It’s a whole different world!

When you thinking of diving in a tropical location, you think of clear vis, amazing corals, wonderfully bizarre animals and huge schools of fish, right?

Well, next time you have a chance, take it a little farther. Most tropical destinations have mangroves and mangrove channels, that sit where the salt and fresh water meet. Many are pretty shallow, and you can easily explore them by snorkeling. But if you really want to get down there and look closely, take your scuba gear.

By chance I wound up in the mangrove fringing the Utwe Biosphere Reserve with snorkel gear and no camera. What I saw was amazing and I went back, with scuba and camera.

It’s a whole different world.

Fish that we don’t often see on the reef: Humbug and Blacktail Dascyllus, Picassofish, and Monos for instance, corals that are adapted to this very harsh environment and the most amazing sponges. And did I mention the surreal effect of the mangrove roots?

It’s not for everybody, as I said the water is shallow, currents can be fierce and the visibility is usually not crystal. But if you are looking for a new environment to explore, it might be just the thing.

Here are a few photos from my “exploration”:

Humbug Dasycllus

Humbug Dasycllus, Sponges and Nudibrach Egg Sprials

Humbug and Blacktail Dasycllus

Humbug and Blacktail Dasycllus

Mangrove Roots and Sponges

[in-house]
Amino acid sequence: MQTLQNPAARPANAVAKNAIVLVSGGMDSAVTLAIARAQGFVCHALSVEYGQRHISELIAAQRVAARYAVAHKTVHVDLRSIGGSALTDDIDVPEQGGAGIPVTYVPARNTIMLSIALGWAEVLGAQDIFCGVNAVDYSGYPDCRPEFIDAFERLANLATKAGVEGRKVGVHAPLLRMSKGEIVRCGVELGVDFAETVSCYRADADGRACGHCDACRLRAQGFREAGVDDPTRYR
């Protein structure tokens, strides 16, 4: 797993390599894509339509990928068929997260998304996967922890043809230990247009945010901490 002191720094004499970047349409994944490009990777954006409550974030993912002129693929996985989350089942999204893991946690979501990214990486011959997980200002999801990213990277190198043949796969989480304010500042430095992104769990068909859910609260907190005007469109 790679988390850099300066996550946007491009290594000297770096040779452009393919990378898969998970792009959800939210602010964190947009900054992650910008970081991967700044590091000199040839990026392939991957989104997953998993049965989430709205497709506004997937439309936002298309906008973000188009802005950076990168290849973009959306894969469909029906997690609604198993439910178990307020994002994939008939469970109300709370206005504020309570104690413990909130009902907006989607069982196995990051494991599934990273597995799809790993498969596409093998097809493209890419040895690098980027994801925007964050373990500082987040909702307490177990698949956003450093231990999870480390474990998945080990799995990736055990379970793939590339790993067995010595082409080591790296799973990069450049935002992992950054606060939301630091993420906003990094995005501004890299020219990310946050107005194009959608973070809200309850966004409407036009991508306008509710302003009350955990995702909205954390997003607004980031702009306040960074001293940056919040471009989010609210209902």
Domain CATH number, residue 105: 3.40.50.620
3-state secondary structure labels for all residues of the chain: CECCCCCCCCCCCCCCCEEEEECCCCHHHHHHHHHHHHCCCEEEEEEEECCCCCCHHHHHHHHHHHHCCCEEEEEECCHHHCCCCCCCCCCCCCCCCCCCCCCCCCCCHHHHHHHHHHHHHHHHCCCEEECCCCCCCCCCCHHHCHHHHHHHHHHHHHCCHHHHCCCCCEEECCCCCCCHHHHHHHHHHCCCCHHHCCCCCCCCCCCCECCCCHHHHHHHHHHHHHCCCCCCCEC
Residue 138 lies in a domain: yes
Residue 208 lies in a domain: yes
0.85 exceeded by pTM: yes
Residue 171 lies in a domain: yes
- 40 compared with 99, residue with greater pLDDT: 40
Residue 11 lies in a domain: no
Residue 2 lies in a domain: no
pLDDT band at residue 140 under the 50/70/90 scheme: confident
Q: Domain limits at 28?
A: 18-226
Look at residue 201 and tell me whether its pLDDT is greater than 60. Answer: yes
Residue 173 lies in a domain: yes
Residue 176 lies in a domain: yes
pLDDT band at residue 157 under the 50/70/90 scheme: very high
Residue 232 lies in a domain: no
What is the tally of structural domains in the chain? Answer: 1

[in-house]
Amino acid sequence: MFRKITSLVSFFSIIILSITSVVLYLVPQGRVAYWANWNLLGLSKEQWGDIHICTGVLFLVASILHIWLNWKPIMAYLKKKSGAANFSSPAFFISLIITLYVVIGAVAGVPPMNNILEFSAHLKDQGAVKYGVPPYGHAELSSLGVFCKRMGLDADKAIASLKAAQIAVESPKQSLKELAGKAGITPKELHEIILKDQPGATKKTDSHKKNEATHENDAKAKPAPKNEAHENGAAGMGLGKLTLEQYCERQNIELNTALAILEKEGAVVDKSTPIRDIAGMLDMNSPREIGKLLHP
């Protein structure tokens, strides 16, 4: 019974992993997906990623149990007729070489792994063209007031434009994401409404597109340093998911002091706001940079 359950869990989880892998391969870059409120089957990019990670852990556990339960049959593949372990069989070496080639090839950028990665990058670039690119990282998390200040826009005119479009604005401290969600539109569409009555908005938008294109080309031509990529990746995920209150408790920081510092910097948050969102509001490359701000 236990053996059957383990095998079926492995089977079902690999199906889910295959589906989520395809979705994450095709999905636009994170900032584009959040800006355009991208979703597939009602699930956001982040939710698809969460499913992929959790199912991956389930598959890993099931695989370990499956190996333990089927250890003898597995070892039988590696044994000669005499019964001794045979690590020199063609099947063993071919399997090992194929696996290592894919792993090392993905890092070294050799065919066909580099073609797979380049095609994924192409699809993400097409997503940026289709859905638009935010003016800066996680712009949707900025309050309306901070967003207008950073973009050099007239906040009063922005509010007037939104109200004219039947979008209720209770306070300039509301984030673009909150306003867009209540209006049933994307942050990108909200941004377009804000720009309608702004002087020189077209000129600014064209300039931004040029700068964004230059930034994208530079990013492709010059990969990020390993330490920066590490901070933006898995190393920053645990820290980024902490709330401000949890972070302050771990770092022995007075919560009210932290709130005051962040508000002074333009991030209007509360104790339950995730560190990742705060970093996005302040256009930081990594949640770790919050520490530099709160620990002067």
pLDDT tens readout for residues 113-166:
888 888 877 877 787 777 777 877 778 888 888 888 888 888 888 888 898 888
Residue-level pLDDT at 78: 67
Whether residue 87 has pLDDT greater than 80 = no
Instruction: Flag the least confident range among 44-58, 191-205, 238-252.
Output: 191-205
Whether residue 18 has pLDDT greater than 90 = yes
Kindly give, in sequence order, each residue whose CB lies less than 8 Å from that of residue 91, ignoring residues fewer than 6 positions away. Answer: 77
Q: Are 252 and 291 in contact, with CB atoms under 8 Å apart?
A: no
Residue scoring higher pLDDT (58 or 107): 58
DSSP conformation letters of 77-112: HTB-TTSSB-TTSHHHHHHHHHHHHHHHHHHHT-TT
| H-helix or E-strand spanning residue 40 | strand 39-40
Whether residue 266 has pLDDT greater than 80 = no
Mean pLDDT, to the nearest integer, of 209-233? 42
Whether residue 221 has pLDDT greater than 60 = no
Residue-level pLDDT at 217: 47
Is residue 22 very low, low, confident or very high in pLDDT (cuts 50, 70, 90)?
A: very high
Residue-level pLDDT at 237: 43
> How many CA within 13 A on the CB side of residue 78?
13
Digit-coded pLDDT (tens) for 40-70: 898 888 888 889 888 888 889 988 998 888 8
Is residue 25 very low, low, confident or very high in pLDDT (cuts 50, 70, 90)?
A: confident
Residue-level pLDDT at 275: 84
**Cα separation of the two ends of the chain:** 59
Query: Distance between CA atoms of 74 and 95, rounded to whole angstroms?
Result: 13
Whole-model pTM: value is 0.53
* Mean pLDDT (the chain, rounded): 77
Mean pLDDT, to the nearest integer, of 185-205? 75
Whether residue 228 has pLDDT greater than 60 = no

Mangrove Roots and Sponges

Tiny Nudibranch Pair with Eggs on Blue Sponge

Tiny Nudibranch Pair with Eggs on Blue Sponge

Go Diving! 🙂

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Diving! Again or Still or Whatever :)

I’ve just spent a couple of excellent weeks diving, with old friends and new. I’m at that really nice place in training a new dive guide, where I need to be there, but he’s almost ready to fly on his own. So I get to dive, watch amazing animals on our incredible reefs, enjoy good company (and lunch!) during the surface intervals and, oh yeah, take pictures. 🙂

Here’s one that I’ve been try to get for a long time.

Bignose Unicornfish (Naso vlamingii)  Being Cleaned

Bignose Unicornfish (Naso vlamingii) Being Cleaned

These fish have amazing color and pattern changes. This is a male fish, and he is usually just a dark grey / blue when he is cruising down the reef. That big dorsal fin is normally folded pretty close to his back. When he is courting a female (or maybe establishing territory?) he will turn a fluorescent royal blue with dark stripes and flare his fins. Sometimes just the stripes will fluoresce. This is what he looks like when he is getting a massage in a cleaning station.

I’ve just added about 30 new photos to my gallery. On the home page the photos from the last two weeks are mixed in with the photos from my trip to the US mainland in the spring. If you just want to see the diving photos, select “Ocean” from the Galleries drop down menu.


Posted in Diving & Marine | Tagged | 10 Comments

United Flight Number Change

It’s not a rumor any more.

This was posted yesterday. Check here for the full  post.

UNITED Micronesia Island Hopper Flight Number Changes from late-October 2013

by JL

Update at 0615GMT 20JUL13

UNITED from 27OCT13 is adjusting operational flight numbers for its Micronesia Island Hopper service. Existing Eastbound service from Guam and Micronesian Islands to Honolulu, will switch from UA172 to UA155. Westbound flight from Honolulu and Micronesian Islands to Guam, remains unchanged.

So, if you are having trouble locating United flight 172, try looking for flight 155.

Then book a flight and come see us. 🙂


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What DO you do all day??

Besides all of the ordinary things that go with running a small business? I volunteer, a lot!